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Insider May 12, 2022 – Big moves at Spotify

Max Cutler will spearhead a new creator content mission, while Bill Simmons will lead the streamer’s push into global sports.

Apologies for the late send, readers. Spotify issued details on its podcast business reorganization and ya girl had to motor. More on that below, plus the inescapable encroachment of true crime. I myself don’t care for tales of grizzly murder (give me obscure NYC history or celebrity gossip any day), but SiriusXM reports that the youngs love it. Youngs, by their definition, is anyone under 35. So I have three more years to live it up before moving to Boca.

Reorg at Spotify paves way for push into sports and creator content

Spotify’s podcast operation is getting a refresh. A month after news broke that dealmaker Courtney Holt would be leaving Spotify after nearly five years, the company has announced a reorg of its studio. Parcast founder and content exec Max Cutler will be promoted to head of talk creator content and partnerships. In addition to cutting licensing deals like Holt did, he will oversee a new initiative to bring creator content to the platform. Julie McNamara, who ran programming at Paramount Plus before joining Spotify last year, will continue to oversee originals. She had a big win recently with the astronomical ratings for Batman Unburied, which snagged the No. 1 spot from Joe Rogan on the streamer’s charts.

The company also tapped Bill Simmons to lead global sports content in addition to his duties at The Ringer. Even if Simmons’ new role is something of a surprise, Spotify’s further push into sports should not be. Noted soccer fan Daniel Ek has been building Spotify’s sports presence for the past few years, buying The Ringer for nearly $200 million in 2020 and live audio app Locker Room (now branded Spotify Live) for more than $67 million. Outside of the talk space, Spotify inked a deal in March with FC Barcelona to rebrand their stadium and appear on team shirts beginning with the 2022–2023 season. When talking about the FC Barcelona partnership with investors last month, he explained the rationale: “I know a lot of you are Americans, but let me just state sports is a massive thing globally.” 

The reorg comes on the heels of three top Spotify leaders resigning over the last month, including Holt. After two years at the helm of Gimlet, Lydia Polgreen announced she would be taking a job as an opinion columnist with The New York Times, where she previously worked from 2002 to 2016. Earlier this month, Hot Pod broke the news that Michael Mignano, who co-founded DIY podcast platform Anchor and sold the app to Spotify in 2019, would be leaving after three years leading Spotify’s podcasting tech stack to join an early-stage VC firm.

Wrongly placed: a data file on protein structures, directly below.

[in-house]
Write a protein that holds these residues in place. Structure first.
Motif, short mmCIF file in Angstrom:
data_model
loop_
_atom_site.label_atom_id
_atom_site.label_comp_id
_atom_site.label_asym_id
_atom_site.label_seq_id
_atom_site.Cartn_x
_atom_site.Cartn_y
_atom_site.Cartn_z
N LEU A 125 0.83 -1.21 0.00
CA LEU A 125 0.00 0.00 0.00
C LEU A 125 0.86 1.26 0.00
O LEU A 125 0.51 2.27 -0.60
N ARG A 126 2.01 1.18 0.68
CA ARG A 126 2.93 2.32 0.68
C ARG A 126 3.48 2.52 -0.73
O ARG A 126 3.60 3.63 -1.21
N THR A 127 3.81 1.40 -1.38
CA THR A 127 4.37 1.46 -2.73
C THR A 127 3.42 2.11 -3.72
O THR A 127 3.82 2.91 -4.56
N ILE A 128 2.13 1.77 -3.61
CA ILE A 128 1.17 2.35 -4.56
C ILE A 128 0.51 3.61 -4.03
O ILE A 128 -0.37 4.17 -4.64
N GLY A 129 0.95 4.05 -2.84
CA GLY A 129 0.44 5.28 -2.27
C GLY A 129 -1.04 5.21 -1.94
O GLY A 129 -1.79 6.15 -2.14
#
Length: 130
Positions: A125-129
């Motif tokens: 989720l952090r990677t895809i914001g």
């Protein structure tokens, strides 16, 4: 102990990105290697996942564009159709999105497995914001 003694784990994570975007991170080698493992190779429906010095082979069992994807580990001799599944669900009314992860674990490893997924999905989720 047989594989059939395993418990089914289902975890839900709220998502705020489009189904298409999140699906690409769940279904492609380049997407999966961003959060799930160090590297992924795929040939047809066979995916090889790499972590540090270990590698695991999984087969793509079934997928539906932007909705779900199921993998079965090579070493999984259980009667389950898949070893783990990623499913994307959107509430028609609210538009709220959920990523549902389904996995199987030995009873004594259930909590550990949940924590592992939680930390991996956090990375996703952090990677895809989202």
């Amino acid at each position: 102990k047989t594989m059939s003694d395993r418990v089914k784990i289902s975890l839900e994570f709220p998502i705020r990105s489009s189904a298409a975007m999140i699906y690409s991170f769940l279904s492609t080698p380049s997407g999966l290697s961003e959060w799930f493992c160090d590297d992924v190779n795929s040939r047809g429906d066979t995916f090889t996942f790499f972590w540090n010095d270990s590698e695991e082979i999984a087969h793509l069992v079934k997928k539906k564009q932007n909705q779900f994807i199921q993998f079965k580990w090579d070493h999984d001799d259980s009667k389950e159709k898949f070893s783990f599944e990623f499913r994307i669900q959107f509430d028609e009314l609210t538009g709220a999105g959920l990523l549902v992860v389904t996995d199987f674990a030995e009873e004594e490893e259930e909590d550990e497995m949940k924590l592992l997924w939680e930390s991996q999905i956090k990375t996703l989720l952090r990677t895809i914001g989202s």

Holt, who brokered the deals with stars like Joe Rogan, Alex Cooper, and Dax Shepard that made Spotify podcasting’s Goliath, leaves a big hole with his departure. But the reorg appears to give focus to the company’s podcast priorities and plans for expansion: Hollywood veteran McNamara leading entertainment and journalism, early audio founder Cutler dealing with the massive tide of creator content, and Simmons leading the charge on building sports programming on an international scale.

And that’s not all! Spotify will be making more big appointments this summer, including Polgreen and Cutler’s replacements and a new head of talk markets.

Podcasting’s newest listeners are younger, more diverse, and really, really love true crime

Podcasting is finally becoming more inclusive, according to a report SiriusXM released during the Upfronts. While the traditional podcast listener is white, male, and Gen X or Millennial, the study found that the demographics of new listeners are changing. Two-thirds of new podcast consumers are under the age of 35 and half are women. Plus, new listeners are significantly more likely to be Black or Latinx.

Tastes are shifting, too. The top three genres for long-standing podcast audiences are comedy, news and politics, and sports. While newer listeners also tune into comedy more than any other genre, they prioritize true crime and celebrity podcasts over sports and news. That could help explain the increasing dominance of shows like Crime Junkie and My Favorite Murder in the ratings.

Ratings: Crime Junkie snags the No. 2 spot from The Daily

Speaking of true crime! In the first three months of 2022, Crime Junkie snagged the No. 2 spot in Edison’s quarterly ranking of podcasts (it was ranked third in 2021), and it wasn’t the only true crime show to see a boost. My Favorite Murder rose one spot to No. 5, while Dateline NBC entered the top 10 for the first time. Meanwhile, Morbid jumped three spots, from 14 to 11. 

Some news and politics shows, meanwhile, trended downward. Traditionally the runner-up to Joe Rogan’s perpetual chart-topper, The Daily fell to No. 3. Plus, top 10 mainstay Pod Save America fell three spots, from 10 to 13.

While this reinforces SXM’s findings re: true crime, the latter part of this year could look different. News and politics shows, naturally, tend to climb during election season. Between the contentious midterms and the likely overturn of Roe v. Wade, topical shows like The Daily could climb again. 

That’s all for today! I’ll be back tomorrow with Upfronts highlights and how “podcast” has outlived its namesake.